Jacob deGrom is pointed for the Mets in return from injury

WASHINGTON — The buzz and roar of baseball’s annual trading deadline captured most of the attention around the sport on Tuesday, and rightly so. Many players changed teams in a matter of hours, including Juan Soto, the Washington Nationals’ devastating hitter, considered by some to be the game’s best player.

The Nationals sent Soto and Josh Bell to the San Diego Padres for a host of prized prospects in the marquee trade of the dayand many more lesser offers were also recorded. The Mets made a few trades, but only to improve the team around the edges.

They didn’t do anything spectacular except welcome back a generational pitcher.

Jacob deGrom, the two-time National League Cy Young Award winner, returned to the mound Tuesday night after more than a year lost to injury, and he looked almost as dominant as ever. He fired the radar gun, fooled hitters with his off-speed pitches and, best of all, reported no pain, discomfort or ominous ticks.

“Being there, being healthy and feeling good, it was definitely a good step,” he said.

DeGrom, who had been out since spring training with a stress reaction injury to his right shoulder blade, pitched five innings of overpowered baseball and allowed one run and three hits while striking out six with only the slightest suspicion. of rust. It was his first outing since July 7, 2021, when a forearm injury cost him the second half of a season that had the potential to be his best yet.

Showcasing his signature fastball and combining it with nifty off-speed pitches, deGrom hit 100 miles per hour 13 times among his 59 pitches on Tuesday, including one that hit 101.6 mph off Victor Robles, Washington’s leadoff hitter in the game. .

The Nationals, with a depleted roster, looked overwhelmed and bewildered. When deGrom hit veteran slugger Nelson Cruz with a 93 mph slider in the second inning, Cruz returned to the bench shaking his head.

“Now the challenge is to keep it there,” Mets manager Buck Showalter said. “It’s hard to do. We’ll see where he is in four days, hopefully.”

Playing it safe due to deGrom’s injury history, the Mets retired the 34-year-old after the fifth inning. The plan before the game was to keep it at 70-75 pitches or five innings, whichever came first, and his effectiveness against an overmatched roster determined that would be the inning limit.

The Nationals capitalized on deGrom’s departure with back-to-back homers from Luis Garcia and Yadiel Hernandez against relief pitcher Stephen Nogosek in the sixth. Washington then held on for a 5-1 win.

But that was the little picture thing. The most significant development was that deGrom looked strong and nearly untouchable – in other words, like him – and fans and teammates can now envision a clearer picture of an enticing playoff pitching rotation for the first-place Mets, with deGrom and Max Scherzer leading this one.

“That could potentially be really huge for us,” Mets first baseman Pete Alonso said. “I’m really excited to see what can happen in the aftermath. I just hope they can both stay healthy for us and keep presenting like they do.

Although the Mets didn’t make a high-profile trade, they added four new players in the past few days. They added depth to the roster with designated hitter Daniel Vogelbach, outfielder Tyler Naquin and all-rounder Darin Ruf. And they bolstered their bullpen with Mychal Givens, a relief pitcher who was with the Baltimore Orioles from 2015 to 2018 when Showalter was their manager.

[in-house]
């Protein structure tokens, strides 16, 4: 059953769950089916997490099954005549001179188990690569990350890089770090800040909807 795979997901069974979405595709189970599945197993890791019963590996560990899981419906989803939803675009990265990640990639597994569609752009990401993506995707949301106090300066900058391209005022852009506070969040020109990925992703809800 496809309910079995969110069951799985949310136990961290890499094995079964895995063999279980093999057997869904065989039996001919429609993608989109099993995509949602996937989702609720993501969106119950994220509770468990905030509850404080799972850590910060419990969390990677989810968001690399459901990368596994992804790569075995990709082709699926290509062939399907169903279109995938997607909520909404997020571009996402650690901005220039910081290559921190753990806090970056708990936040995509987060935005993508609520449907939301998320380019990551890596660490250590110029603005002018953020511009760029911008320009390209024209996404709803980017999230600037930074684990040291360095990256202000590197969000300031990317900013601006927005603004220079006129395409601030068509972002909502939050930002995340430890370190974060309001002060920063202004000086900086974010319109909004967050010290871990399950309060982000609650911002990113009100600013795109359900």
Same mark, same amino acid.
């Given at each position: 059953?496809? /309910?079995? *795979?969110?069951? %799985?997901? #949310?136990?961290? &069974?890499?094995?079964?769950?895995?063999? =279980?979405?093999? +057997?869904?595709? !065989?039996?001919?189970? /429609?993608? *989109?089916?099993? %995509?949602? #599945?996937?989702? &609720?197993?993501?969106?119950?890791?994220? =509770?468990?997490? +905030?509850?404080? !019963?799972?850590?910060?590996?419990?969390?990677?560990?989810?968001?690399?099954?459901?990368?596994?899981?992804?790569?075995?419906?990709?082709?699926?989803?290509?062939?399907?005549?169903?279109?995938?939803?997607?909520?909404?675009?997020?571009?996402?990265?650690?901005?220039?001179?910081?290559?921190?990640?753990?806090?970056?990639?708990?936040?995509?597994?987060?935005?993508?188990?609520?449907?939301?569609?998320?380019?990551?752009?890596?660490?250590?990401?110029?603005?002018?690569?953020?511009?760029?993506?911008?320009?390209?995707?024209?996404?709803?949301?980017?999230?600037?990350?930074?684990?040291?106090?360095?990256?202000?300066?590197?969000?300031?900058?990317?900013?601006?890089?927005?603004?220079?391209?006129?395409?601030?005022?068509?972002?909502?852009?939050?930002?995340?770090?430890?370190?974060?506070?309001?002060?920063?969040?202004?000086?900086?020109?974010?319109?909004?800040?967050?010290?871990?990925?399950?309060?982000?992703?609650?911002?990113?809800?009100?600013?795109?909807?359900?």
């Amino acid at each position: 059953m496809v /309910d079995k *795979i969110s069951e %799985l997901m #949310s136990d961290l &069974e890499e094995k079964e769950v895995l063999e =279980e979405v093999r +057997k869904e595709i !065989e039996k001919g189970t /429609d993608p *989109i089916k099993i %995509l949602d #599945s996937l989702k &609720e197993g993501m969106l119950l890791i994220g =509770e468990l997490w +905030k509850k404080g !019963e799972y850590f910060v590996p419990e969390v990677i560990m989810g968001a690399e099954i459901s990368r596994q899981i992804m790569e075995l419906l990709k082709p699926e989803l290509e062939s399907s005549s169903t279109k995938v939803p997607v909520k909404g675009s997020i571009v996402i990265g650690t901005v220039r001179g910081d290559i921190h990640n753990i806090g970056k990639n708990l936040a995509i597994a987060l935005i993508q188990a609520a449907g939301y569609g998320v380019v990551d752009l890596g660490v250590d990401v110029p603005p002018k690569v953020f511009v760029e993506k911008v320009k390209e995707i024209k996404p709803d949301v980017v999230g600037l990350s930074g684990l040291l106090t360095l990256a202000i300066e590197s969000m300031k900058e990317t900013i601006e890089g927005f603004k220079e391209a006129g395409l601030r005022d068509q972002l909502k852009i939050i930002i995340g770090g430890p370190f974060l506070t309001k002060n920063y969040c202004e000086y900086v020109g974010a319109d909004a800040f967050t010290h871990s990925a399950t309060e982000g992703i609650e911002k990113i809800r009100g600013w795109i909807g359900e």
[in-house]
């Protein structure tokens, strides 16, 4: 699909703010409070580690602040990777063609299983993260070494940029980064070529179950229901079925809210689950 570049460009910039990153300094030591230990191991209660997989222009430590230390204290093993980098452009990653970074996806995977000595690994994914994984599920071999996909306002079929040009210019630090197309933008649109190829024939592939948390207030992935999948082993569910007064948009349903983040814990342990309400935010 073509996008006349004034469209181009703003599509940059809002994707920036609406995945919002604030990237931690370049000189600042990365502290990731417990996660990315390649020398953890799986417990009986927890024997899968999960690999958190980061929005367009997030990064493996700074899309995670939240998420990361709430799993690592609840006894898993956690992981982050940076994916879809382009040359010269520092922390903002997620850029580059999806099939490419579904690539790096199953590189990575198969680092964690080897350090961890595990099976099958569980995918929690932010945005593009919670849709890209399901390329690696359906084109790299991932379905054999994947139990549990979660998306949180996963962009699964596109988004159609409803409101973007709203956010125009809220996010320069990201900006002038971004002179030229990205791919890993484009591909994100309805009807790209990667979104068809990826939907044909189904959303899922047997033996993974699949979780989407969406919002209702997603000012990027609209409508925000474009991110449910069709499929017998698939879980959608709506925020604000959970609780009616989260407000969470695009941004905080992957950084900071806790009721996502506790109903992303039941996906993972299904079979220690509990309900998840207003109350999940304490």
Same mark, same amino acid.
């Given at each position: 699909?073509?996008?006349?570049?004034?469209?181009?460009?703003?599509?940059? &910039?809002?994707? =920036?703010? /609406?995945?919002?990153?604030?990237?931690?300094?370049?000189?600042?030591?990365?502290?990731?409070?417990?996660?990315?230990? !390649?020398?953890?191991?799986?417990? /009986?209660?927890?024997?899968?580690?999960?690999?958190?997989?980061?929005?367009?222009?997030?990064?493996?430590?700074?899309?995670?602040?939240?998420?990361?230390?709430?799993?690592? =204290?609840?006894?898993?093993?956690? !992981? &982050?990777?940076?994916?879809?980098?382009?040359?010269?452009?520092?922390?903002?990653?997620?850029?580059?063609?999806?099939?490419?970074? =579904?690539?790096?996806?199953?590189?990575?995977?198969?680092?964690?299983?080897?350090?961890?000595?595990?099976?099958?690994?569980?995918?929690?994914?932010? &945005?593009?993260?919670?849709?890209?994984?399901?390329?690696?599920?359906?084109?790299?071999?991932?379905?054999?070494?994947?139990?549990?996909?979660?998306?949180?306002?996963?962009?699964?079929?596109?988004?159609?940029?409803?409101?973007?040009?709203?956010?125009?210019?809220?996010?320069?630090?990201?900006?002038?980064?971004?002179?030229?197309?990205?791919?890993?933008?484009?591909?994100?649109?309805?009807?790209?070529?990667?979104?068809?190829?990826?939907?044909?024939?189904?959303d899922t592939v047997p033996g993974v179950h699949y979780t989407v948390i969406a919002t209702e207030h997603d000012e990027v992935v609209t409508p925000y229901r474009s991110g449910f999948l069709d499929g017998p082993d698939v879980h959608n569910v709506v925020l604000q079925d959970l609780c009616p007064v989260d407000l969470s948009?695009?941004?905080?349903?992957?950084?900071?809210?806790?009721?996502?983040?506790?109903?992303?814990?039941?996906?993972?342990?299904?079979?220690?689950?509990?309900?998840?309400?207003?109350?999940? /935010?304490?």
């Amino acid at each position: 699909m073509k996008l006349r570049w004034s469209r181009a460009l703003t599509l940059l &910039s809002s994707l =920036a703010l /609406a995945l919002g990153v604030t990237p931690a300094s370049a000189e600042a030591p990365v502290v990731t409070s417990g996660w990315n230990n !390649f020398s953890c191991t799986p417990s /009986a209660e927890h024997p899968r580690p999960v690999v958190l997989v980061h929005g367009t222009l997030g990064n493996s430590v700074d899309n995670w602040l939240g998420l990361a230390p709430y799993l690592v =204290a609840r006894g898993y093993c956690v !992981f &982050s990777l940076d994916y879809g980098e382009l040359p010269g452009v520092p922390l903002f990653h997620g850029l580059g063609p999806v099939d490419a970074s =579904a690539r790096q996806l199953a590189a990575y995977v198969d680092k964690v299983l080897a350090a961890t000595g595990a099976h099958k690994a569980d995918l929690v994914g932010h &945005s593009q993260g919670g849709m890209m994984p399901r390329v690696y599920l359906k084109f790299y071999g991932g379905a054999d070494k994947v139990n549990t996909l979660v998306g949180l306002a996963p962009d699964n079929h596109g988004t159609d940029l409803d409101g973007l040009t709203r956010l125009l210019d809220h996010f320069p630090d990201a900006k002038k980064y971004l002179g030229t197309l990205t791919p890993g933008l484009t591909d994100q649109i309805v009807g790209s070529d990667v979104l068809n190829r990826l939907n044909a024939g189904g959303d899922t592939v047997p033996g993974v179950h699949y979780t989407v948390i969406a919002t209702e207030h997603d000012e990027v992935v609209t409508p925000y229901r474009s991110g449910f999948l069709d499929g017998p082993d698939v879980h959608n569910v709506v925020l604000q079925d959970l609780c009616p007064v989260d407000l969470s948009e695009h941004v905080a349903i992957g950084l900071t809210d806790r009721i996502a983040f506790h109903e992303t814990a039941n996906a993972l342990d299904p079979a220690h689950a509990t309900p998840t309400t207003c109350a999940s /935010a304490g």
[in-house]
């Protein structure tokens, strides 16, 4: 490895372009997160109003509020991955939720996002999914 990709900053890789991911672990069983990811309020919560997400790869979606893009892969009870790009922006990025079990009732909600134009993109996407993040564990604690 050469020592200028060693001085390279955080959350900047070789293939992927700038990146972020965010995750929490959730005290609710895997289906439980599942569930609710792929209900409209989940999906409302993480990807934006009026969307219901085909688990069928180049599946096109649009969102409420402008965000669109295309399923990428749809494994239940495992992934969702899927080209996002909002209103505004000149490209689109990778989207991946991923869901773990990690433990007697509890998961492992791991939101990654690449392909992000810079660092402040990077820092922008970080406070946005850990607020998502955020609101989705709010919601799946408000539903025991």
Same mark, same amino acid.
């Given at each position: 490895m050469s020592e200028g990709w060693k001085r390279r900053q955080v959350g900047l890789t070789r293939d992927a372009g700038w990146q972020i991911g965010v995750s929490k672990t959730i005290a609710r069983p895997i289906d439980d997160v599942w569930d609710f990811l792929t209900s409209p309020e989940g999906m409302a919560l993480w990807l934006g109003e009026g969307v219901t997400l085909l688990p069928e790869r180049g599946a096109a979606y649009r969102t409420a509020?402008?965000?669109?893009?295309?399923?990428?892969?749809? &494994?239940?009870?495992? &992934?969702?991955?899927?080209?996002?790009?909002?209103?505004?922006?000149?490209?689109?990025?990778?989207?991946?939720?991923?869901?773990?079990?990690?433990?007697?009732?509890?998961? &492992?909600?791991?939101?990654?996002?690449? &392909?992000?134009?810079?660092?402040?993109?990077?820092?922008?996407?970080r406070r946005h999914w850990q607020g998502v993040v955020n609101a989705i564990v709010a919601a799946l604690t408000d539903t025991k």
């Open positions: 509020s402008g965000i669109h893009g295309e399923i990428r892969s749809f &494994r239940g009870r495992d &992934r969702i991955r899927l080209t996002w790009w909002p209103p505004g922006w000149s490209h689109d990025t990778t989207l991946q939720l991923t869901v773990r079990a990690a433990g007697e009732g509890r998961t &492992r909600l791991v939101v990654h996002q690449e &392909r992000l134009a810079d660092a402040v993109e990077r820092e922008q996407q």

(Showalter said Givens went from shortstop to pitcher when he was in the minor leagues, a path deGrom also took to get to the mound years earlier.)

None of the players acquired by the Mets are catchers and Givens is right-handed, so many Mets fans who were hoping for those two holes in the roster may be disappointed. Mets general manager Billy Eppler said he was chasing those kinds of players (hitting hints that Chicago Cubs’ Willson Contreras might have been a target) but ultimately decided not to part with any of “our 19 best hopes”. “

Fans might take umbrage with this cautious approach, but just 24 minutes after Tuesday’s 6 p.m. deadline expired, Mets fans who made the trip to Nationals Park to see their team were appeased by the view of deGrom deliberately walking to the bullpen for hot pregame -Oops.

A few dozen stood and cheered, but by the time deGrom headed to the mound for his first inning, there were thousands of other Mets fans in the stadium and they gave their standing ovation another launcher hero.

“Being on the road and having Mets fans supporting me like that was a really cool thing,” he said.

The day did not end with deGrom’s victory. But Francisco Lindor homered to the top of the sixth on the night of the score, 1-1, so deGrom was not blamed for the loss, a fate that had been all too familiar to the slender right-hander during his years with the Mets, when marvelous performances were marred by poor offensive support or a faulty relief pitch. In his final four seasons, deGrom’s ERA was a remarkable 1.94, but his win-loss record was just 32-21.

The Mets are hoping that with a better team behind him and with a closer Edwin Díaz, who has been terrific this year, many of those unfortunate losses will turn into wins, especially in the playoffs. Then come other unknowns. DeGrom said he plans to opt out of his contract and become a free agent after this season.

But for now, and the rest of the year, the Mets will be happy to consider him a great addition, who returned on trade deadline day.